Category - Mercury-testing
UOP 938 is a mercury detection method for determining mercury levels in low boiling hydrocarbons. This method is used for detection levels from 0.1 to 10,000 ng/mL. This is a specific method that specifies a Nippon instrument.
The sample is decomposed by heating it at 700c. The mercury is vaporised and collected on a gold trap for measurement.
Within the PS Analytical instruments we use a similar process but without combustion to create a similar result.
See: Sir Gallahad
When measuring the concentration of mercury within a sample it is important to understand the effect of different measurement units on the accuracy of the results. When looking at gas phase mercury concentrations there are a wide range of different units encountered including pg/l, ng/l, ppm, ppb and more. Unfortunately all of these units are ambiguous without more detailed information about how they are created.
As we are looking at mercury in gas samples, when we are measuring mass volume units it is important to look at specific factors that will effect the gas measurement such as the temperature and pressure of the gas. There are a number of factors that can affect the measurement basis, such as the contract requirements or the standard being followed.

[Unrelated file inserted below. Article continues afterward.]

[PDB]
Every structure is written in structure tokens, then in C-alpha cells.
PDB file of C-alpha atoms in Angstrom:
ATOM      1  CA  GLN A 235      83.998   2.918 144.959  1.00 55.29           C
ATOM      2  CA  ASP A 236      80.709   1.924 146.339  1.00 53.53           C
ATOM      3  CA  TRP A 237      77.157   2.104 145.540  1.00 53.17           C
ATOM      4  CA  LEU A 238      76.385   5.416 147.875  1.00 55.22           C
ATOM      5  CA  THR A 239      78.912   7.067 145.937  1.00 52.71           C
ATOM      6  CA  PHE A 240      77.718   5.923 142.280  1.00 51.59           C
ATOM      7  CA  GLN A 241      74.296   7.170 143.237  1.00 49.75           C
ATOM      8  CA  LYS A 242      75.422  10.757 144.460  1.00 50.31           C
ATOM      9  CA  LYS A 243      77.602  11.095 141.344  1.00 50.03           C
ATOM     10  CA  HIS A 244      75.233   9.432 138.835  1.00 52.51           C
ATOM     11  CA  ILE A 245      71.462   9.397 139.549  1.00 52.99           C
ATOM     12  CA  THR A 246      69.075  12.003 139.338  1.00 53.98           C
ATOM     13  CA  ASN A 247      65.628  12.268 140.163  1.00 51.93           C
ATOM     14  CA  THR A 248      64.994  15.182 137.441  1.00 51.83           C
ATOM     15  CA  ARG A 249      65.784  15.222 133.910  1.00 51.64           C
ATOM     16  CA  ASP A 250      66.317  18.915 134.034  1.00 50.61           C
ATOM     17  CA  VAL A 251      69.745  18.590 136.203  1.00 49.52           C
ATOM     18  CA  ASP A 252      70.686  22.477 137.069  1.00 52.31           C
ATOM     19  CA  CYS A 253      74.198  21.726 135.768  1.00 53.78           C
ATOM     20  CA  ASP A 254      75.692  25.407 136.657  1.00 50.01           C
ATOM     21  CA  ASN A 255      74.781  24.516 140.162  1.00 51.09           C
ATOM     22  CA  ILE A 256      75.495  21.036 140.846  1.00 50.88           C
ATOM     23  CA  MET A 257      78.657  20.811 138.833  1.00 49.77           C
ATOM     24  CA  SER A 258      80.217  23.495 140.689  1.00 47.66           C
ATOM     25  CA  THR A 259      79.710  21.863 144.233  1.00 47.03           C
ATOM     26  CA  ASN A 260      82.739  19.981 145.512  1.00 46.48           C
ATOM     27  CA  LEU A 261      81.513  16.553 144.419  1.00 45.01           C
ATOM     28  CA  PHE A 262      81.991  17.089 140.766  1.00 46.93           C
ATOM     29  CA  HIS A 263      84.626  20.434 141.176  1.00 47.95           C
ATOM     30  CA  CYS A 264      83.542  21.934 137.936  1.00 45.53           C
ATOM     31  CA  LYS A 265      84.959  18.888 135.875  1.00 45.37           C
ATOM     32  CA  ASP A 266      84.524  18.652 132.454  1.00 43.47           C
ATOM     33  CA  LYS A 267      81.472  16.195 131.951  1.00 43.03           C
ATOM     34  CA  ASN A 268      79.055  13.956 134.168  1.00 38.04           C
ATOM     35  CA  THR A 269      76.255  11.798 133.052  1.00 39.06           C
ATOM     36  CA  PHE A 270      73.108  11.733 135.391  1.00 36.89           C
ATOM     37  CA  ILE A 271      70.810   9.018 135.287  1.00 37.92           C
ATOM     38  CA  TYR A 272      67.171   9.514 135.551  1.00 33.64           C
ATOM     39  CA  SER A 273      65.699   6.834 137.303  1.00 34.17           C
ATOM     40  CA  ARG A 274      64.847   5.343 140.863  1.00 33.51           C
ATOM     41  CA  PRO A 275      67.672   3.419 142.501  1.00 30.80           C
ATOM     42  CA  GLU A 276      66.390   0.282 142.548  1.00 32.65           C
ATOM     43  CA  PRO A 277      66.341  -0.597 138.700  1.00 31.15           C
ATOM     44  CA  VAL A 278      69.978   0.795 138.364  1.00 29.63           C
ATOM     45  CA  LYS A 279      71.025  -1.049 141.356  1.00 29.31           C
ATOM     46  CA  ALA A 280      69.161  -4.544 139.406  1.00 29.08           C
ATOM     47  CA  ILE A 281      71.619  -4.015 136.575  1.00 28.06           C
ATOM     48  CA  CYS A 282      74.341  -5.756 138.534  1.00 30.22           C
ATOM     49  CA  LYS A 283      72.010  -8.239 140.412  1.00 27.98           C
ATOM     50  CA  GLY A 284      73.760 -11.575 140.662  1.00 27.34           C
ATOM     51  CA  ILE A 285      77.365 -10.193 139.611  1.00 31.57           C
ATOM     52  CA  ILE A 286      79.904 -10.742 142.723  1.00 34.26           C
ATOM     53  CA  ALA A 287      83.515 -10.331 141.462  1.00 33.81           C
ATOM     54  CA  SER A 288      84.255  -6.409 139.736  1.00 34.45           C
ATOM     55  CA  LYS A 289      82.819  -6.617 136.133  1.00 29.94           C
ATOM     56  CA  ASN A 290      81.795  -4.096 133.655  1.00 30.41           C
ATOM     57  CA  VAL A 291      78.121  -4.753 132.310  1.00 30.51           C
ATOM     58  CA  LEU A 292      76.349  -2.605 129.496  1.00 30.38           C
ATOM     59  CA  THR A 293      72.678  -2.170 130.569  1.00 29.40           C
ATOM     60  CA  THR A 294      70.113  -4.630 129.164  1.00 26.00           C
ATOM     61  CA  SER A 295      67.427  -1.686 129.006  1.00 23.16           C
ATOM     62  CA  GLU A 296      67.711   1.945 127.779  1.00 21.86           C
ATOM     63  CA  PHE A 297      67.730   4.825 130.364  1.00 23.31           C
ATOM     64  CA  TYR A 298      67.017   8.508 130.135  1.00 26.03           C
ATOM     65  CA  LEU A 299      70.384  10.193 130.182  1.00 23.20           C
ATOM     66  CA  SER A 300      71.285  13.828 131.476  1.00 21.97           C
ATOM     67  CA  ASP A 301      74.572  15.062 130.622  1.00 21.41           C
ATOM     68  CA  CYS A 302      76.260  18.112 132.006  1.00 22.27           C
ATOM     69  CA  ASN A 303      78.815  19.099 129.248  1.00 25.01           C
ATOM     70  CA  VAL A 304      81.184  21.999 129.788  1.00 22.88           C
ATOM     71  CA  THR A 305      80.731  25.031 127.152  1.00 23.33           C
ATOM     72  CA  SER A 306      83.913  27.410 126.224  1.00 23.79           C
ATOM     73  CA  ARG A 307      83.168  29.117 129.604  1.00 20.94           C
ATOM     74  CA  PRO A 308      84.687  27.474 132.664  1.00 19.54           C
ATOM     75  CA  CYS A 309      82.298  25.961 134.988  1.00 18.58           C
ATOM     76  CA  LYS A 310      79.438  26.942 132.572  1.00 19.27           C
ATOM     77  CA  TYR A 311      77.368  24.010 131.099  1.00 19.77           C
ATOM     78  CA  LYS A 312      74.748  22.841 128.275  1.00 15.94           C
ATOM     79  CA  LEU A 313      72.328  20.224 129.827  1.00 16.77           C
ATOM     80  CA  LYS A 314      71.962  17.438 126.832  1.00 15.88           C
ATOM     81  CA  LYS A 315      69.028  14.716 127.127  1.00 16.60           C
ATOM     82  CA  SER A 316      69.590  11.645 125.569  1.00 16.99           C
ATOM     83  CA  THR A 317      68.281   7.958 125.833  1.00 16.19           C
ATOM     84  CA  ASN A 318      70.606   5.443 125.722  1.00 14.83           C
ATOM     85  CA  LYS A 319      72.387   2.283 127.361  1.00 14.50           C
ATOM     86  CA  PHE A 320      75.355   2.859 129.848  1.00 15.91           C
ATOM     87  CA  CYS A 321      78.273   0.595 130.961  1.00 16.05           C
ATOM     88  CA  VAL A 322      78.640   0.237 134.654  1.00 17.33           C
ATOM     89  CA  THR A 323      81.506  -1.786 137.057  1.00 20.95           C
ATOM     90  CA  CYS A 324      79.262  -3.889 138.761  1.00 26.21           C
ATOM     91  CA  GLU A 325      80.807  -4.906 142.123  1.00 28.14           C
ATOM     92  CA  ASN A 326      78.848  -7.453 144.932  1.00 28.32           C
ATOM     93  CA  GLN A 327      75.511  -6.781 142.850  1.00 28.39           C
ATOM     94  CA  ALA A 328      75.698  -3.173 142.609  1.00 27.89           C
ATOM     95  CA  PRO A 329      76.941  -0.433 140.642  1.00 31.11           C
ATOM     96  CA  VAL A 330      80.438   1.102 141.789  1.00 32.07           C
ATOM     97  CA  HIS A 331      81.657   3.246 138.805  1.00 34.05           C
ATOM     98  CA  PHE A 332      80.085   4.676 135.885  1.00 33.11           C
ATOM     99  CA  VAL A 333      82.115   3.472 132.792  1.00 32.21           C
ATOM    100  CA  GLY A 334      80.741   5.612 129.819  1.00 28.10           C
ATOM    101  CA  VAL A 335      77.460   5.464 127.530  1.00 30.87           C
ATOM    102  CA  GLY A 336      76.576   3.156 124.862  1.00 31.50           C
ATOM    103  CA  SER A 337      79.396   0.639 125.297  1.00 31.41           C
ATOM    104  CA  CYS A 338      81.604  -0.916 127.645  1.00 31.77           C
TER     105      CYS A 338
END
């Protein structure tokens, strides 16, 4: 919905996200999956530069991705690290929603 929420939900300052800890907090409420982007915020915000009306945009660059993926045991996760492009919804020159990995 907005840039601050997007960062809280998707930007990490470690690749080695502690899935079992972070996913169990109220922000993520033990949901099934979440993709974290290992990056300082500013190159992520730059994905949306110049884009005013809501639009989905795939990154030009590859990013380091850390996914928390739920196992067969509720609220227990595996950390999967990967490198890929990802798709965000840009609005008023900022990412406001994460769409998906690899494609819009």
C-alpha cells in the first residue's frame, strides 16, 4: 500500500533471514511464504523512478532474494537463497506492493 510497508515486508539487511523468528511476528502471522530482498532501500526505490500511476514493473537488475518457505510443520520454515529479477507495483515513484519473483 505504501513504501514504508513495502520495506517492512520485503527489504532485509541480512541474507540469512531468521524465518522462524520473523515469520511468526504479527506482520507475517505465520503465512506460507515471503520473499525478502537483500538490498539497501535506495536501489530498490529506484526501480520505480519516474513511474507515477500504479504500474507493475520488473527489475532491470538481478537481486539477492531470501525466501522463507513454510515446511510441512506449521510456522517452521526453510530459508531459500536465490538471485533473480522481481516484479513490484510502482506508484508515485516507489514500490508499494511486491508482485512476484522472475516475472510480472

Simply altering the measurement temperature from 0c to 20c will affect the measurement result by approximately 7%, which can be highly significant in certain environments.
With measurements of PPM and PPB, the variance can be significantly higher, depending on the measurement basis. Whether you are measuring mass/mass, mass/volume or volume/volume can result in differences of up to 1000 times.
In this video we investigate the factors that are important to ensure that your measurements are accurate.
When measuring mercury at sub pg/g level, there is a strict quality control procedure you need to comply.
1) You need to prepare at least 5 calibration standards, with the lowest standard being 0.5 pg/g or 1 pg/g depending on you are in America or Europe.